Thursday, January 24, 2013


A funny thing happened yesterday: the UAS learned what happens when you mess with a group of people that A) don't want to be messed with and B) have plenty of experience dealing with larger numbers of enemies.

The report came in the evening. UAS forces--small in number but heavily armed and armored--moved in on a little isolated settlement called Newcastle. The UAS believed Newcastle contained less than a hundred adults and maybe half that number of children. Easy pickings for a force of two hundred people driving armored vehicles and carrying the kind of gear that pacified entire towns before The Fall. 

Problem is, the western groups are fast learners. They don't take the theft of people, property, or land with much grace. Individually most of the communities not close to the coast really would be little trouble to take if they acted alone. But man, the end of the world teaches you some important lessons about the spirit of working together. 

Basically, going it alone? Fuck that. 

Most of the settlements out that way have contributed a number of citizens to a set of flying companies whose only job is to patrol large sections of land, defending against the UAS incursion. Those two hundred men and women in their pretty vehicles and with their heavy guns didn't know what to do when the road dropped out from under them. 

Pit traps are just one small part of guerrilla warfare. The UAS seems to think people are going to give in to fear and submit. That or fight it out in the open. 

No. Afraid not. Pit traps, attacks from the trees, dirty tricks of every conceivable variety. You can bring a fifty-cal machine gun to a fight, but when someone pelts you and your fellow warriors with rotten eggs and human waste it's pretty hard to concentrate. Your big heavy armored truck matters not at all when it can't move; spike strips and holes in the road will do that. 

Explosives tied to trees to block your way when they blow, packs of dogs chasing you down in the woods when you get out, molotov cocktails thrown right in your way when you do manage to get away. The problem with putting ordinary people in safe little boxes and then expecting them to do the job of soldier is that they need order and routine to even have a chance at it. Without training and experience, they're screwed.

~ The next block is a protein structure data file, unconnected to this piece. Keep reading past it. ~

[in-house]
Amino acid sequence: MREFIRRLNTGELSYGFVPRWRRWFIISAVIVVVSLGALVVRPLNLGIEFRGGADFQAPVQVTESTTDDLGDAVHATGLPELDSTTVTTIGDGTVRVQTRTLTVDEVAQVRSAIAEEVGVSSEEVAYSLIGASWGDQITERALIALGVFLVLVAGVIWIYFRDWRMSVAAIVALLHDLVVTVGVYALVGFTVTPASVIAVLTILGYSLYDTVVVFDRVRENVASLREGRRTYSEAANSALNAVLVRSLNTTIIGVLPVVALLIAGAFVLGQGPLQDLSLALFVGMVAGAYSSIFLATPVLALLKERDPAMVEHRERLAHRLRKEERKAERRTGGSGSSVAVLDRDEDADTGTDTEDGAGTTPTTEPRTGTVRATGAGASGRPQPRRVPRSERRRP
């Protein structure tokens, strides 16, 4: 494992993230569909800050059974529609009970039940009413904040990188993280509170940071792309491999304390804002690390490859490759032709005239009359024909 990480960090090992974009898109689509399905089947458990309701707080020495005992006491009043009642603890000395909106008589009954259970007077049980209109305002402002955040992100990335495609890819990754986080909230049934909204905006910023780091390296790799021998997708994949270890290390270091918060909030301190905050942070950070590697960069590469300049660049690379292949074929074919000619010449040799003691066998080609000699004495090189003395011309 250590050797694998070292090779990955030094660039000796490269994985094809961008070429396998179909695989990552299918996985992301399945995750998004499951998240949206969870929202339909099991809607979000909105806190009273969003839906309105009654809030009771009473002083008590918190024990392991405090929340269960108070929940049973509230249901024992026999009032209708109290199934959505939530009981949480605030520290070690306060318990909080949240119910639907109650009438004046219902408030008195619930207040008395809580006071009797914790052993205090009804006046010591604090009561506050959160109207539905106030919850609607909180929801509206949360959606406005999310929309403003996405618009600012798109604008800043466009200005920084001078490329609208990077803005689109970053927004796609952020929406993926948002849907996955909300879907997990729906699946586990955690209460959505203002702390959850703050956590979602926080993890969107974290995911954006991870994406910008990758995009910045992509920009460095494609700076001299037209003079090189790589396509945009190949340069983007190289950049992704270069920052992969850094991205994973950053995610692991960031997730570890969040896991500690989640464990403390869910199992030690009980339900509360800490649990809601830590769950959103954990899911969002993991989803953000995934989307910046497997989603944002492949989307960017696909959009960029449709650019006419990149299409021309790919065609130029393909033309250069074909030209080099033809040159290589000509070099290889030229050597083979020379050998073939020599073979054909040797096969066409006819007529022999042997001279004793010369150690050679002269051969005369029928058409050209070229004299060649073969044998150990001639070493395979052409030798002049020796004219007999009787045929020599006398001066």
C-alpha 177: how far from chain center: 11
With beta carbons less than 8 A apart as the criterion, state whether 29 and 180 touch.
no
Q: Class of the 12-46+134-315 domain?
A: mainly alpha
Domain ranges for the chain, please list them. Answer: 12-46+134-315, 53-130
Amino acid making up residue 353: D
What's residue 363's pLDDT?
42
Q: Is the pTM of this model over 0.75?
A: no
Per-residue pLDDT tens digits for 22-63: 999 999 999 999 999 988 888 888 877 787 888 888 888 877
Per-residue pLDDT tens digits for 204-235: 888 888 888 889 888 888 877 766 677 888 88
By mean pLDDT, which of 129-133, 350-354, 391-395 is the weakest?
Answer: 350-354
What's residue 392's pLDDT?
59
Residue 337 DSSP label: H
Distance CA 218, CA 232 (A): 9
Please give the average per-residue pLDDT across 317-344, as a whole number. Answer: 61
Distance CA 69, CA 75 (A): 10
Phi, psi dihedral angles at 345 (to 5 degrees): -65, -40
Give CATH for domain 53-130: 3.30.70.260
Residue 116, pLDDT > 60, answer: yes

Survivors--and by that I mean those of us out in the world during The Fall and after, and the UAS doesn't qualify--have the experience and we've had to learn the hard way. I'm told that scaring off those two hundred fighters--while only injuring a few of them and killing none--was actually pretty easy. 

No one expects the next encounter to be as simple. The UAS are many things, but stupid isn't one of them. They'll adapt and learn and probably won't give the next group a chance to prepare. 

But the UAS are aware now that they aren't getting the west without a fight. Nothing in this world is free, and resistance is most harsh when people are defending their home, the people they love. For the part of the westerners, I doubt they'll be as nice the next time. They won't frighten and dazzle; they'll kill.


  1. Excellent! Glad the UAS is getting a sense of just what happened to the folks they left behind when they slunk into bunkers to save their oh-so-important asses.

    Those folks left behind learned to fight. Getting elected to a position before the Fall means nothing now. You want a place in society you earn it. Good for Newcastle and the western communities.

  2. Speaking for the people in our part of the west, I have to say, we have no desire to just scare them away. We have not sat idle since we first learned of the UAS. There will be no quarter given. You need to realize we are united even in the west.

    We are tracking you, and able to stop you if you come our way. We may choose not to attack you now, because we don't want to eliminate you from the gene pool. That changes the minute you attempt to take what is not yours.

    Looks are deceptive, and traps have been laid. Stay out of the western Union territories.